All beds are well insulated (no external heat loss to environment).
The liquid water (condensate) can flow in the evaporator easily.
The pressure, temperature and the amount of water vapor adsorbed are uniform throughout the beds adsorption.
The condensate will evaporate instantaneously in the evaporator and will be adsorbed in the adsorber immediately.
The condensate will flow into the evaporator directly and all desorbed water vapor from the desorber will flow into the condenser immediately.
The thermal resistance between the adsorbent bed and the metal tube is neglected.
The properties of the metal tube, the fluid and adsorbate vapor (water vapor) are constant.
Flow resistance arising from the water flowing in the pipeline is neglected.
The adsorbate gas is assumed to be an ideal gas and the adsorbed phase is considered a liquid.
Based on these assumptions, the energy balance equations of the condenser, adsorber, desorber and evaporator were derived, as well as, a rate of adsorption/desorption and the mass balance in the evaporator.
Rate of adsorption/desorption: The rate of adsorption or desorption is calculated by the use of a linear driving force (LDF) kinetic equation (Eq. (1)) and its coefficients were determined by  for a silica gel-water pair. Equation (2) describes the effective diffusivity while the equation (3) defines the equilibrium uptake for the silica gel-water pair.(1) (2) (3) (4) where Ps(Tr) and Ps(Ta) are the saturated vapor pressure of the refrigerant at temperatures (Tr) (water vapor) and (Ta) (silica gel). The saturated vapor pressure (Ps) can be evaluated using the equation (4).
All the equations presented above are based on , and for more details one can refer to this study. The variables mentioned in all previous equations are described in a nomenclature table in the last section of the paper.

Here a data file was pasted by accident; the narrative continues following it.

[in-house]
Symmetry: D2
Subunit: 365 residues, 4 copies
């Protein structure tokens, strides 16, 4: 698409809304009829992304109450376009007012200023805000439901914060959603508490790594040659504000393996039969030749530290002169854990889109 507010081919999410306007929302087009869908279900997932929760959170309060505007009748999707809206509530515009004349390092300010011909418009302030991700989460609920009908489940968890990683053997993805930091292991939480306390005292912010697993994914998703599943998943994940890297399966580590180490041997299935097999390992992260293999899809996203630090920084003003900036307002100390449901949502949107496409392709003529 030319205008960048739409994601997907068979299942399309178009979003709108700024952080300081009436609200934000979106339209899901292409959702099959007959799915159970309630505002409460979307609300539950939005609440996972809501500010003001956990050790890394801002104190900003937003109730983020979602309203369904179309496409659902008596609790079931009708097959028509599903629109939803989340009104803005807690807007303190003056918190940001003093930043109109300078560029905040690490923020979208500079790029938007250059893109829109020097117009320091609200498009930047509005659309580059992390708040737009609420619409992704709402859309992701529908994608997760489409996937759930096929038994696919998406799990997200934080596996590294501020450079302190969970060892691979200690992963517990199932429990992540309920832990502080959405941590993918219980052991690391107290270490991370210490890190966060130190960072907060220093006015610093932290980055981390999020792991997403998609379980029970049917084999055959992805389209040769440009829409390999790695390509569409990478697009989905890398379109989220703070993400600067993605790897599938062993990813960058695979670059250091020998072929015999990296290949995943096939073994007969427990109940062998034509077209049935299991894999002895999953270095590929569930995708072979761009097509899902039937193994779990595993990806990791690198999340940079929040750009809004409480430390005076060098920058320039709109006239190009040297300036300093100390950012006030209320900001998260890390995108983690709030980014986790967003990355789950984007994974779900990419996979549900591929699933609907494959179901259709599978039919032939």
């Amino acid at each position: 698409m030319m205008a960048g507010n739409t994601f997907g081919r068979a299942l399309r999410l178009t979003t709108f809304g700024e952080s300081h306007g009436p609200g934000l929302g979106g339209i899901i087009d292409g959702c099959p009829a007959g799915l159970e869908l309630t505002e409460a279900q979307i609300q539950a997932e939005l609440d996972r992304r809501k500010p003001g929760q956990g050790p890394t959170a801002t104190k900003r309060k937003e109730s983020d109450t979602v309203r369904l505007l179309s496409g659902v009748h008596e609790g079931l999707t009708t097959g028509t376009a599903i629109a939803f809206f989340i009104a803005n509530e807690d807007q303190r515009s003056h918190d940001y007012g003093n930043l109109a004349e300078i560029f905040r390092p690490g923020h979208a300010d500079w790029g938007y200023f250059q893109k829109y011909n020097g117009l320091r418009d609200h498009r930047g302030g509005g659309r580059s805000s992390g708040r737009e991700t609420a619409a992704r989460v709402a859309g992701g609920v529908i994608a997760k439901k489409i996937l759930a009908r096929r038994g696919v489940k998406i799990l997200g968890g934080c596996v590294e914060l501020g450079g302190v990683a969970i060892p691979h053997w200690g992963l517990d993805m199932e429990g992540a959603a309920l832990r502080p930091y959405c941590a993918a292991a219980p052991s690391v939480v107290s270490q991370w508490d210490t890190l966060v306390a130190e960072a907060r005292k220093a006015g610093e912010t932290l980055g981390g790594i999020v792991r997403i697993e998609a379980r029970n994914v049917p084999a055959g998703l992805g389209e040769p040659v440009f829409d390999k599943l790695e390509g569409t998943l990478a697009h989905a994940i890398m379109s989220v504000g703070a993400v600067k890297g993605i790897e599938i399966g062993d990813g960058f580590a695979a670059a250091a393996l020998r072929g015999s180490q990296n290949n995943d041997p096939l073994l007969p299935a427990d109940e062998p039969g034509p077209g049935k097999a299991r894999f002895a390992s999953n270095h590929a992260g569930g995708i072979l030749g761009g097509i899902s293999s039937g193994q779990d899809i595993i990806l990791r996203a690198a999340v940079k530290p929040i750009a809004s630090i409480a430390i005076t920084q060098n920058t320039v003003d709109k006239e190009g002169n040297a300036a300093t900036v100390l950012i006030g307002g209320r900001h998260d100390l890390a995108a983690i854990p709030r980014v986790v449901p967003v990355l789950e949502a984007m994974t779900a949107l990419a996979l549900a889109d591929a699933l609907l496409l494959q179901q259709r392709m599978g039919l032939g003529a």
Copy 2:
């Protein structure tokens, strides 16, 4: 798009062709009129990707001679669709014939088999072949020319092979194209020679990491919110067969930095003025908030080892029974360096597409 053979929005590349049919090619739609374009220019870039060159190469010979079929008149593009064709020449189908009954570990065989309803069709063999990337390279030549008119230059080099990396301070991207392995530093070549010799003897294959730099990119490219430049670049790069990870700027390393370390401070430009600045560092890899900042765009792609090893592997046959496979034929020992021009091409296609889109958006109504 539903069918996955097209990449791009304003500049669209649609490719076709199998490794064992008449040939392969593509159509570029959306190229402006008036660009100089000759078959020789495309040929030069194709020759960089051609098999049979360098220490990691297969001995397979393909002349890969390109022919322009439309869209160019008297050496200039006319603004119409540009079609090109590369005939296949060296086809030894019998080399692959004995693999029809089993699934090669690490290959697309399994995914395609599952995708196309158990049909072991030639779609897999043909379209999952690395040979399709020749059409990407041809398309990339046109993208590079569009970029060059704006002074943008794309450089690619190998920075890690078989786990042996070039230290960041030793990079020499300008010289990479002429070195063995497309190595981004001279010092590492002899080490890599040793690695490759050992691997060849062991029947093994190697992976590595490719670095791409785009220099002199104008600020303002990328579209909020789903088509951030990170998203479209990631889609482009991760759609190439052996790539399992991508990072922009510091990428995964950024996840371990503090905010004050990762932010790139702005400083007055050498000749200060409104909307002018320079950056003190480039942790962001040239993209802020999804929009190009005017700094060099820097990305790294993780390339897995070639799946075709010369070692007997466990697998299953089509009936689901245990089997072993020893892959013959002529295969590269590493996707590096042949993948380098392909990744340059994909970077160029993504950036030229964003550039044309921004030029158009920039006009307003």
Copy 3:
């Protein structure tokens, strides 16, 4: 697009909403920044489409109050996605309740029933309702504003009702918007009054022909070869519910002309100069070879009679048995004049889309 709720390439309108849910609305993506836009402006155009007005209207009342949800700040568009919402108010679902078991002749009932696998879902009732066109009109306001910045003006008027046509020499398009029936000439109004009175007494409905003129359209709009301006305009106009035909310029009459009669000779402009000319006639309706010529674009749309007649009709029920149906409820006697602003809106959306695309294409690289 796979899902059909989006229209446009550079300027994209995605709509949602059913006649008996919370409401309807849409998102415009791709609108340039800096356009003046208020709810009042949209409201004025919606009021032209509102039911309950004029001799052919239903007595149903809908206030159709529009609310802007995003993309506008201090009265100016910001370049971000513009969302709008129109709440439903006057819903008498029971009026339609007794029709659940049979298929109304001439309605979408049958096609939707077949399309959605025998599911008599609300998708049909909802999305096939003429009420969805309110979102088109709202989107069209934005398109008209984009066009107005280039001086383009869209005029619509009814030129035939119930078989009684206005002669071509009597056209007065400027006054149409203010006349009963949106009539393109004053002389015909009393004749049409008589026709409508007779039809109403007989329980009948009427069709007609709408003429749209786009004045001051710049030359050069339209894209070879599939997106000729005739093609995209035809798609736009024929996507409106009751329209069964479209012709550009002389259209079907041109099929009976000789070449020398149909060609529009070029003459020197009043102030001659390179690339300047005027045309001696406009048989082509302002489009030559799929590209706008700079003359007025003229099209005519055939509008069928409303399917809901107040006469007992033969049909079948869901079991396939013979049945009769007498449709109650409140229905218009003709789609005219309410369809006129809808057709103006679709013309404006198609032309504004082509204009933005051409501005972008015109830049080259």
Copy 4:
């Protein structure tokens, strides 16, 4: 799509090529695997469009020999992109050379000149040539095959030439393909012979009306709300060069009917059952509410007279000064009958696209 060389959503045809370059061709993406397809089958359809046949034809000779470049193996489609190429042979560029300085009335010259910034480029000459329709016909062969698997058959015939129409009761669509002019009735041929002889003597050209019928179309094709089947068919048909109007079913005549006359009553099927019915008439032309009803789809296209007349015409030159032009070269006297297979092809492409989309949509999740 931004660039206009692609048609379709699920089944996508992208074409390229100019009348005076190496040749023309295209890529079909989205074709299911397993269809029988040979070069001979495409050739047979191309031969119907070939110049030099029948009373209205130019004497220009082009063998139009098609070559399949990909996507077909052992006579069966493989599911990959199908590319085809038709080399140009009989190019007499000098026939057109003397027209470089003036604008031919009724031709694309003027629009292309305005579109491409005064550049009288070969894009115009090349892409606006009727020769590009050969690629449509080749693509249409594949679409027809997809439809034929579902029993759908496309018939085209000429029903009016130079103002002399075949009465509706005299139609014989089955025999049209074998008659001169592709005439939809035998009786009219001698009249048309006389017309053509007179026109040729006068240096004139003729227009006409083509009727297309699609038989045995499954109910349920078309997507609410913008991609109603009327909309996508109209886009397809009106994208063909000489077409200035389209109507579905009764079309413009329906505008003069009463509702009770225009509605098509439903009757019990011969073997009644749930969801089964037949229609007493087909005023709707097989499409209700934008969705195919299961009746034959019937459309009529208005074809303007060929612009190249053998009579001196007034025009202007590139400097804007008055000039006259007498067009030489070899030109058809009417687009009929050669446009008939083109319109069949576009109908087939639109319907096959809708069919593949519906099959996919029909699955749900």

In Figure 2, a flow chart of the mathematical model is represented in order to provide a better understanding on how the process works.
Flowchart of the model process.
After the implementation of all equations and proper parameters, some simulations were performed to check the viability of the model. Figure 3 presents the Simulink overview of the model.
The following main parameters were used to execute this simulation:
Cycle time: four cycles of 420 s each.
Hot water inlet temperature: 62 °C.
Cooled water inlet temperature: 22 °C.
Chilled water inlet temperature: 15 °C.
Material mass: 50 kg of silica gel.
Figure 4 shows the preliminary temperature results obtained with the model. The red and blue full lines represent the temperature inside of each one of the adsorbent beds. As previously mentioned, they interchange functions working as desorber or adsorber alternately, the desorption temperature reaches almost 70 °C and the adsorption temperature is around 25 °C. The dotted green and light blue lines represent the inlet cooled and chilled water respectively. The full purple line represents the temperature in the evaporator, which is around 10 °C, during adsorption/evaporation the evaporator temperature increases and during the switching phase (precooling/preheating), it will decrease. The yellow line represents the condenser temperature. In theory, it should decrease during the desorption/evaporation of the refrigerant and slightly increase during the switching phase (precooling/preheating), adversely this behavior is not really represented in the simulation result. Therefore, the model has to be improved in the next phases of the project.